Die Bundespolizei müsse den Einsatz der neuen Instrumente ausführlich dokumentieren und eine Evaluation dürfe nicht dem Bundespolizeipräsidium überlassen werden. Eine unabhängige, wissenschaftliche Bewertung durch eine externe Stelle ist laut Innenministerium aber nicht geplant und wird auch nicht als notwendig erachtet.
Oakland Privacy is the group behind many influential anti-surveillance fights in Oakland, California and beyond. Oakland Privacy was born in 2013 when activists discovered a Homeland Security project called the Domain Awareness Center (DAC). DAC was meant to be an Oakland-wide surveillance gauntlet—with cameras, microphones, license plate readers—and a local data center to put it all together. But after Oakland Privacy led a ten-month campaign of opposition, the DAC was finally cancelled. Later, Oakland Privacy was one of the primary organizations behind the Oakland City Council’s creation of the first municipal privacy commission in the country, and then continued to be instrumental in bolstering opposition to surveillance around the San Francisco Bay Area and across the United States. For example, Oakland Privacy helped develop a comprehensive surveillance transparency regulatory law mandating use policies, civil rights impact reports, and annual audits, and pushed for its passage in multiple jurisdictions. The model is now in use in three Bay Area cities and other jurisdictions like Seattle, Nashville, and Cambridge, Massachusetts. Most recently, Oakland Privacy successfully worked to ban facial recognition in San Francisco and Oakland—two of the three cities in the country to enact such a ban.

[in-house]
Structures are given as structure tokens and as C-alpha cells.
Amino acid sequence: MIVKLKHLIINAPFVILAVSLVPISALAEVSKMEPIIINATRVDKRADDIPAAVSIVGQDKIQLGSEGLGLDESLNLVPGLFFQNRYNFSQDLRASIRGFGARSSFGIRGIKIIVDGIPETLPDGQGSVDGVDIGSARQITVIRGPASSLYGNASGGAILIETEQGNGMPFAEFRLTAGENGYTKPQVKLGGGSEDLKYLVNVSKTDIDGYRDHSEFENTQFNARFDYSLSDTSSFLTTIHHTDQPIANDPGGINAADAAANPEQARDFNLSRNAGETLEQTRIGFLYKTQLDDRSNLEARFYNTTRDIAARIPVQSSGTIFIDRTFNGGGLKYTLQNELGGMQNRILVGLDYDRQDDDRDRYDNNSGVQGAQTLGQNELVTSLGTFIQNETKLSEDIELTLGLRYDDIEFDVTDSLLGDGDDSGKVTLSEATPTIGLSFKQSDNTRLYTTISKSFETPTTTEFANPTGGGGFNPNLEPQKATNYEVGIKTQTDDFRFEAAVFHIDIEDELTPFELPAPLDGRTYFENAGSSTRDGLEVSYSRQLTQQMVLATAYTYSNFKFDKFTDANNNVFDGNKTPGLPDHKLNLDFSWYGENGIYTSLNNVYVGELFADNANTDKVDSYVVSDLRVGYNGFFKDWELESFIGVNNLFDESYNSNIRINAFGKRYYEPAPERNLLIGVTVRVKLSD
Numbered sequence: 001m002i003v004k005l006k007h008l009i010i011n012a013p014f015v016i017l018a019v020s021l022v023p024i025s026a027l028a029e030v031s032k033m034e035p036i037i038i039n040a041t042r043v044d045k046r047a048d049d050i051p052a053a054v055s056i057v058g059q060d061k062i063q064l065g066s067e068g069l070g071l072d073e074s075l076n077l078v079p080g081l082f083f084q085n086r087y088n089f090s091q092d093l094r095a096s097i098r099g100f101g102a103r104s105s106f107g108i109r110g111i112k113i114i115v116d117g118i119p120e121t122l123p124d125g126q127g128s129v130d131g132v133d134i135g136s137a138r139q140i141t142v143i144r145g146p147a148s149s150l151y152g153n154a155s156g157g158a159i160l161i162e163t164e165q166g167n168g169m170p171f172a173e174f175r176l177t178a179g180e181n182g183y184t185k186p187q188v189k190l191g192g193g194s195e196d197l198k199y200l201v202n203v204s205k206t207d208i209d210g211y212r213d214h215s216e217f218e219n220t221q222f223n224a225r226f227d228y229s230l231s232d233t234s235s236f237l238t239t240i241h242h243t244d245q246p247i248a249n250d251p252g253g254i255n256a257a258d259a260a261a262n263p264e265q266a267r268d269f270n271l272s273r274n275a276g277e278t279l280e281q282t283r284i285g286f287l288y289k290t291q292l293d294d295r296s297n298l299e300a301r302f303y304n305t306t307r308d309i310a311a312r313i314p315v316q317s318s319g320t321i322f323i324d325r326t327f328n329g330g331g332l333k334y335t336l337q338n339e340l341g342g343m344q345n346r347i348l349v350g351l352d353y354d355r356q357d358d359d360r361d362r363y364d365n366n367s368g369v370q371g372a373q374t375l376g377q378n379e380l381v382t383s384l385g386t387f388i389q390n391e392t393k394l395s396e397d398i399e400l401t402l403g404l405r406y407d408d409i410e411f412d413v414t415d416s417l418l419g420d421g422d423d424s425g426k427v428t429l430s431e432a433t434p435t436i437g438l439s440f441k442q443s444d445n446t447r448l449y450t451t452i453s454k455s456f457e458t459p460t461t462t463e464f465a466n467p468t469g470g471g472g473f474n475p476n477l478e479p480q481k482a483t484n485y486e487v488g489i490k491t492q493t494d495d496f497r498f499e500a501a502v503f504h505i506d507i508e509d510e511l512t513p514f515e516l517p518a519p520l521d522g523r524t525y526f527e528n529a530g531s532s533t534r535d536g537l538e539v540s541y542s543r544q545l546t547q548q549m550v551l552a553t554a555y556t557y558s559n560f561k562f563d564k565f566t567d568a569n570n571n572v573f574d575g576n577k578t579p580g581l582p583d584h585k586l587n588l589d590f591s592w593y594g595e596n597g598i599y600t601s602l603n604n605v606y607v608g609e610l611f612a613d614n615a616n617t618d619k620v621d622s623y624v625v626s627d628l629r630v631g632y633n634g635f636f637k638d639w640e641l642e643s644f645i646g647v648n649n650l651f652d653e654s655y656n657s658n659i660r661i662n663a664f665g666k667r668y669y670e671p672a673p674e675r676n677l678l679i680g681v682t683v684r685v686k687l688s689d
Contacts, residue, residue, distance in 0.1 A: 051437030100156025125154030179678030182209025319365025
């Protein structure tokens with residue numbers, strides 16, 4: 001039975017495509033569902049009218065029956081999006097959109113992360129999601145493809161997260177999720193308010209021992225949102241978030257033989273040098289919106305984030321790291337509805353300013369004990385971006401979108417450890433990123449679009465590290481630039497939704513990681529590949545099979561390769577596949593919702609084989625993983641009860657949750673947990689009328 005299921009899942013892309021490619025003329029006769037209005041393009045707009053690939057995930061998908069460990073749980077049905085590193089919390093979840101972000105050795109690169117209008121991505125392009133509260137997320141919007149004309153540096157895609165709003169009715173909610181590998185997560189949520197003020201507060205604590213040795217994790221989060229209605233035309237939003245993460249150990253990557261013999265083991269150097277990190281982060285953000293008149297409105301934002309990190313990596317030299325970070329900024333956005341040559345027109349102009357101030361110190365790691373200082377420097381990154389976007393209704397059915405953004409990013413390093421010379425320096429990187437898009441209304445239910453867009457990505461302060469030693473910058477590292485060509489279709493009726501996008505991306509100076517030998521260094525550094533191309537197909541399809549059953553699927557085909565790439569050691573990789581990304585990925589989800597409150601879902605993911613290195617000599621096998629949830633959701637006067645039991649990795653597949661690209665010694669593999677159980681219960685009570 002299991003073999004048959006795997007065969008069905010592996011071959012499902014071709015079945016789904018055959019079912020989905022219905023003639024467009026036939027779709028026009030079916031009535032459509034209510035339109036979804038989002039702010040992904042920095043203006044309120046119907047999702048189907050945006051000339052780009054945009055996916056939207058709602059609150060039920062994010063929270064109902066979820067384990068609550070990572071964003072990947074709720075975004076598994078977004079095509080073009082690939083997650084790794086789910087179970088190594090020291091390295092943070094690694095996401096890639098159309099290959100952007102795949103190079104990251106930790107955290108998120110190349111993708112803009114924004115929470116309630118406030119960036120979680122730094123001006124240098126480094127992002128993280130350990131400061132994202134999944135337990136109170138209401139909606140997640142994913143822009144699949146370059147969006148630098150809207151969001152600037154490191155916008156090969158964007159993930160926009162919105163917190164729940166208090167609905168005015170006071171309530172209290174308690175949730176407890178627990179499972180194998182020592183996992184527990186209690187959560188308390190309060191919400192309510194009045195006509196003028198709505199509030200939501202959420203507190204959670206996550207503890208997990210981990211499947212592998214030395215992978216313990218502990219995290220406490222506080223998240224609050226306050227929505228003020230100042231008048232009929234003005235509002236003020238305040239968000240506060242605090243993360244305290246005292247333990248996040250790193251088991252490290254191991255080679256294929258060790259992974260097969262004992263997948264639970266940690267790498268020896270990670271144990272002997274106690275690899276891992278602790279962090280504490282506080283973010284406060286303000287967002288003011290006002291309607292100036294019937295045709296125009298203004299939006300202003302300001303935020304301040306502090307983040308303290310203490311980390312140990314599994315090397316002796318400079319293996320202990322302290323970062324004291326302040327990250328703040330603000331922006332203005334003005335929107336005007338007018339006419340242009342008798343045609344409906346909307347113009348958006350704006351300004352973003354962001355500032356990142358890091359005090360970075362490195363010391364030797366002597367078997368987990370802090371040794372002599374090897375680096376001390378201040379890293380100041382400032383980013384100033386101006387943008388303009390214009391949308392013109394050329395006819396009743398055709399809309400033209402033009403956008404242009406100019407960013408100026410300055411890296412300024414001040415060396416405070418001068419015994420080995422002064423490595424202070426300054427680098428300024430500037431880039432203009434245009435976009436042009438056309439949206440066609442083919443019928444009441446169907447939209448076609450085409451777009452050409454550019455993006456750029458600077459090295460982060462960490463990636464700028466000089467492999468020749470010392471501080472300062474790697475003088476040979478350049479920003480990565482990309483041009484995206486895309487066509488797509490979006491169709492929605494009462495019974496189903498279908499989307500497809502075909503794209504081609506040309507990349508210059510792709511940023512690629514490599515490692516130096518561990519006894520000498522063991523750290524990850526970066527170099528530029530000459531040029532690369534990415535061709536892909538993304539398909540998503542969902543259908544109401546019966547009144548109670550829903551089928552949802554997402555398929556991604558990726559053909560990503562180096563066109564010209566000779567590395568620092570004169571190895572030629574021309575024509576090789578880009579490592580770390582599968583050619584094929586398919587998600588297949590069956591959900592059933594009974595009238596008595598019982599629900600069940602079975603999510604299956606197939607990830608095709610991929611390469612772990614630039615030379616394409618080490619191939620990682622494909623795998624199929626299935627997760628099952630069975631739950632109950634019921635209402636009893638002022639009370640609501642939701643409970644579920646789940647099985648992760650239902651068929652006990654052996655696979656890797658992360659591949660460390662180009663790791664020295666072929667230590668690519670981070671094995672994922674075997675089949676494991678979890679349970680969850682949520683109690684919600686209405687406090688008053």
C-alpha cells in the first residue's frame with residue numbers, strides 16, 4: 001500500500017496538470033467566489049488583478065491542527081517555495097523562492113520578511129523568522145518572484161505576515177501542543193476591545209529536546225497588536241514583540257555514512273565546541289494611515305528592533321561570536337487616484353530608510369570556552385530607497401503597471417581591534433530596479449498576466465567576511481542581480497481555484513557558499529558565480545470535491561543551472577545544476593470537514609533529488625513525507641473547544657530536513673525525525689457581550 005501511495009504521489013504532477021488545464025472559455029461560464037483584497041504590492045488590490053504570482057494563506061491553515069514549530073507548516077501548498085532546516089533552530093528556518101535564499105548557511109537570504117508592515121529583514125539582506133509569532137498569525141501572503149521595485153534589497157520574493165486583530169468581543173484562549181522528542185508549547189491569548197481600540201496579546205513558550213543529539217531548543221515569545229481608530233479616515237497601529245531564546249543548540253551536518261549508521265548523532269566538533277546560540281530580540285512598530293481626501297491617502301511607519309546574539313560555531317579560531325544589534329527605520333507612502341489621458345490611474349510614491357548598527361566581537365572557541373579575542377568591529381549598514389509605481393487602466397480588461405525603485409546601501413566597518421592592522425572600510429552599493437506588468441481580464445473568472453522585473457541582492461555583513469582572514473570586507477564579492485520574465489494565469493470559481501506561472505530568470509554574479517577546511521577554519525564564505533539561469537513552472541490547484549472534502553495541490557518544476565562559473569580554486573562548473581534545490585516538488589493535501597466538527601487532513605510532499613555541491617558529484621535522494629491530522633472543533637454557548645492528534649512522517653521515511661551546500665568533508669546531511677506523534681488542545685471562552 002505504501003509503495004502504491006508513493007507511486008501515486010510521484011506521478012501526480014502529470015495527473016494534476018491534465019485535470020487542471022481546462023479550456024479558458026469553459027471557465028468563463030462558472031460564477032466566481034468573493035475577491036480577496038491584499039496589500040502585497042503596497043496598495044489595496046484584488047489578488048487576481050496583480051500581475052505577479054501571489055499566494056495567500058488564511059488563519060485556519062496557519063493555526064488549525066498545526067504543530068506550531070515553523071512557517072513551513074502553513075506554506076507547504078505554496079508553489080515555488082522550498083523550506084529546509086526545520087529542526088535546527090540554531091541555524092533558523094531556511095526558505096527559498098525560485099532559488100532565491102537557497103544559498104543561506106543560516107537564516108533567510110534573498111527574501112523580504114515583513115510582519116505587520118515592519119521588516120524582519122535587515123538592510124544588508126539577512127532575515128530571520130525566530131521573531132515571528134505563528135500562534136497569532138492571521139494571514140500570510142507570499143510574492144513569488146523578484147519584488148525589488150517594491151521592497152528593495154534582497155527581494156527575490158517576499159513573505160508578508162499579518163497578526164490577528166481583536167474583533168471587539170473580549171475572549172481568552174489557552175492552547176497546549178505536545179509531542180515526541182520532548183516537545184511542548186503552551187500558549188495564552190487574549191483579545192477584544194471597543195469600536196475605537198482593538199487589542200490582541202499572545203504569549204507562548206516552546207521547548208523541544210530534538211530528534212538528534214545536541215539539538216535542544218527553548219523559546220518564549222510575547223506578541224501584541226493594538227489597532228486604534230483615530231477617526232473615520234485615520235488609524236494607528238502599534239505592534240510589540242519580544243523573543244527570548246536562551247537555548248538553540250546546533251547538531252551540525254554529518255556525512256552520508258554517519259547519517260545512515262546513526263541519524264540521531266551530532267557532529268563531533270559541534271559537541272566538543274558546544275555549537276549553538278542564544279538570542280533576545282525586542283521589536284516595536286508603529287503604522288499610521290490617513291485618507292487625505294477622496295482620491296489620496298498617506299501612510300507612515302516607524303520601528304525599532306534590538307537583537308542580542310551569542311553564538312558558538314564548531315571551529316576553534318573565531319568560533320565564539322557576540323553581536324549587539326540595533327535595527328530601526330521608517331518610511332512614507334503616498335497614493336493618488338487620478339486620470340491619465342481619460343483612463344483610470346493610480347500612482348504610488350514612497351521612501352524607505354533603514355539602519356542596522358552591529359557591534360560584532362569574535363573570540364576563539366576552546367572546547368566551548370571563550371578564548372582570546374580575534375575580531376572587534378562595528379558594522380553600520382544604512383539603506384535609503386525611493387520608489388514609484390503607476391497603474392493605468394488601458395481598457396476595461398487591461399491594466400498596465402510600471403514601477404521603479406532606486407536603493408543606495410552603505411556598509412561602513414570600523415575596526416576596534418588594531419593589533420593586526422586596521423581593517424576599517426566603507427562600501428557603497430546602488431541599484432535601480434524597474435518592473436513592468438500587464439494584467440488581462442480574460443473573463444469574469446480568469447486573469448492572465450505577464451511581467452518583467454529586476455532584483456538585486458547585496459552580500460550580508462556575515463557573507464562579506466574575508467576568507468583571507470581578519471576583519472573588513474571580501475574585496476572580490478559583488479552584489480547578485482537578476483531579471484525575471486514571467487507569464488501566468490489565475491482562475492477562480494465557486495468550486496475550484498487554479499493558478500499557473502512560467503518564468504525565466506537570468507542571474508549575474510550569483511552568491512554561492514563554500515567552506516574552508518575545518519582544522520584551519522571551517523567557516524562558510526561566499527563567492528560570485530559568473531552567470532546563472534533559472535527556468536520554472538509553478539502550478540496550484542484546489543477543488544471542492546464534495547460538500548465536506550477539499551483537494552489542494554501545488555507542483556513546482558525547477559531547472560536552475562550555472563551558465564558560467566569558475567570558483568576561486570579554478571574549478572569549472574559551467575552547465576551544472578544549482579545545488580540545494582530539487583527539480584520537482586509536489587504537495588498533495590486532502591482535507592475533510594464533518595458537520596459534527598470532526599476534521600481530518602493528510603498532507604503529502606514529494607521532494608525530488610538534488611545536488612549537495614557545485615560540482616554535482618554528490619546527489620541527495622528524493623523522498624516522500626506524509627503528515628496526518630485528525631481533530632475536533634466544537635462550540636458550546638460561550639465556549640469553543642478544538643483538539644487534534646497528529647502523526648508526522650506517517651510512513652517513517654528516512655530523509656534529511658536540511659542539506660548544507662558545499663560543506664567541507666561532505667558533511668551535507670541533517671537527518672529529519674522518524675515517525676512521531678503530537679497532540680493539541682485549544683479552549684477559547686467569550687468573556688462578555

California’s legislature on Thursday passed a three-year ban on state and local law enforcement from using body cameras with facial recognition software, the latest curb on technology that some say poses a threat to civil liberties.
A day after Netanyahu’s cabinet approved draft legislation for camera monitoring, the proposed bill was voted down in committee in parliament on Monday.
Facial recognition technology has been shown to disproportionately misidentify people of color. In a 2018 American Civil Liberties Union study, Rekognition incorrectly matched 28 members of Congress, including Markey, to a database of 25,000 publicly available arrest photos.
London’s subway has become the latest transportation agency to use location data collected from people’s smartphones in a bid to improve services.
Transport for London, which operates the Tube, began collecting data in its stations this week, in order to determine how people are moving through the system and how crowded trains and platforms are. It said passengers will benefit as they will get more alerts about delays and congestion later this year. Extra trains could also be added on routes where the data indicates trains are especially congested.
The application for the patent was filed by the e-commerce giant in 2015 and granted on June 4.
teleSUR reporter Jorge Gestoso on site outside the embassy says there are security service, federal agents and dozens of D.C. police officers heavily armed at the back entrance of the embassy. According to Gestoso the authorities dressed in military gear took up position in the embassy’s basement where there are no surveillance cameras. This allowed U.S. authorities to make the arrests out of the site of the public and the media.